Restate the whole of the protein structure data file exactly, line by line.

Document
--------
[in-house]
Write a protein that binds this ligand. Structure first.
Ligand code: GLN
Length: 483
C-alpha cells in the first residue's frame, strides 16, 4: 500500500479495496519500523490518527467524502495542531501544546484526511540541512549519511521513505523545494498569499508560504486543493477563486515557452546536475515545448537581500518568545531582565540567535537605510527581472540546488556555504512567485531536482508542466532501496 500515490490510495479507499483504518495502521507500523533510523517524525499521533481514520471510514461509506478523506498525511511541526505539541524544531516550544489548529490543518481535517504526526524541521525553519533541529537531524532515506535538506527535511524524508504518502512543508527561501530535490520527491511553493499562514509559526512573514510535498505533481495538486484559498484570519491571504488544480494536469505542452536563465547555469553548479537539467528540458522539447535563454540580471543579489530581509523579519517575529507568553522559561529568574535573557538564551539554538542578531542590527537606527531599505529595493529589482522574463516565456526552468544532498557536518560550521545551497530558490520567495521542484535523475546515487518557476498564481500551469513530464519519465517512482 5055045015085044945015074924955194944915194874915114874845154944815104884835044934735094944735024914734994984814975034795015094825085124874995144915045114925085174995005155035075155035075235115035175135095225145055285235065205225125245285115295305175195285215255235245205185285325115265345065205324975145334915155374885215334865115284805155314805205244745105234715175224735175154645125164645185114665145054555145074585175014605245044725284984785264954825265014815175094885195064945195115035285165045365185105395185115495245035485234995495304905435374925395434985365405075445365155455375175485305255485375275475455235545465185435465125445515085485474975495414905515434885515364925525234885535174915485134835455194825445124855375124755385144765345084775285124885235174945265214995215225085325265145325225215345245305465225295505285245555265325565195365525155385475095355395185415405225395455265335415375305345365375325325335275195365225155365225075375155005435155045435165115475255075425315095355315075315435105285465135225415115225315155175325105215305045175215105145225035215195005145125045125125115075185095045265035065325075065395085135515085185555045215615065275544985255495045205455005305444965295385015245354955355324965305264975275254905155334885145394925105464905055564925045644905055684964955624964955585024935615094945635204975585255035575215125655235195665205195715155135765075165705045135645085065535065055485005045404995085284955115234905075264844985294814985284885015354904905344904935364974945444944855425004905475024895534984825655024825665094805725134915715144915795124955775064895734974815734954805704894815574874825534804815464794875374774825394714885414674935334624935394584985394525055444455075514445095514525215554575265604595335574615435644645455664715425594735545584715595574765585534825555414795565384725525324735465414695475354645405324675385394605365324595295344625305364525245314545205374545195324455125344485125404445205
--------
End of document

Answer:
[in-house]
Write a protein that binds this ligand. Structure first.
Ligand code: GLN
Length: 483
C-alpha cells in the first residue's frame, strides 16, 4: 500500500479495496519500523490518527467524502495542531501544546484526511540541512549519511521513505523545494498569499508560504486543493477563486515557452546536475515545448537581500518568545531582565540567535537605510527581472540546488556555504512567485531536482508542466532501496 500515490490510495479507499483504518495502521507500523533510523517524525499521533481514520471510514461509506478523506498525511511541526505539541524544531516550544489548529490543518481535517504526526524541521525553519533541529537531524532515506535538506527535511524524508504518502512543508527561501530535490520527491511553493499562514509559526512573514510535498505533481495538486484559498484570519491571504488544480494536469505542452536563465547555469553548479537539467528540458522539447535563454540580471543579489530581509523579519517575529507568553522559561529568574535573557538564551539554538542578531542590527537606527531599505529595493529589482522574463516565456526552468544532498557536518560550521545551497530558490520567495521542484535523475546515487518557476498564481500551469513530464519519465517512482 5055045015085044945015074924955194944915194874915114874845154944815104884835044934735094944735024914734994984814975034795015094825085124874995144915045114925085174995005155035075155035075235115035175135095225145055285235065205225125245285115295305175195285215255235245205185285325115265345065205324975145334915155374885215334865115284805155314805205244745105234715175224735175154645125164645185114665145054555145074585175014605245044725284984785264954825265014815175094885195064945195115035285165045365185105395185115495245035485234995495304905435374925395434985365405075445365155455375175485305255485375275475455235545465185435465125445515085485474975495414905515434885515364925525234885535174915485134835455194825445124855375124755385144765345084775285124885235174945265214995215225085325265145325225215345245305465225295505285245555265325565195365525155385475095355395185415405225395455265335415375305345365375325325335275195365225155365225075375155005435155045435165115475255075425315095355315075315435105285465135225415115225315155175325105215305045175215105145225035215195005145125045125125115075185095045265035065325075065395085135515085185555045215615065275544985255495045205455005305444965295385015245354955355324965305264975275254905155334885145394925105464905055564925045644905055684964955624964955585024935615094945635204975585255035575215125655235195665205195715155135765075165705045135645085065535065055485005045404995085284955115234905075264844985294814985284885015354904905344904935364974945444944855425004905475024895534984825655024825665094805725134915715144915795124955775064895734974815734954805704894815574874825534804815464794875374774825394714885414674935334624935394584985394525055444455075514445095514525215554575265604595335574615435644645455664715425594735545584715595574765585534825555414795565384725525324735465414695475354645405324675385394605365324595295344625305364525245314545205374545195324455125344485125404445205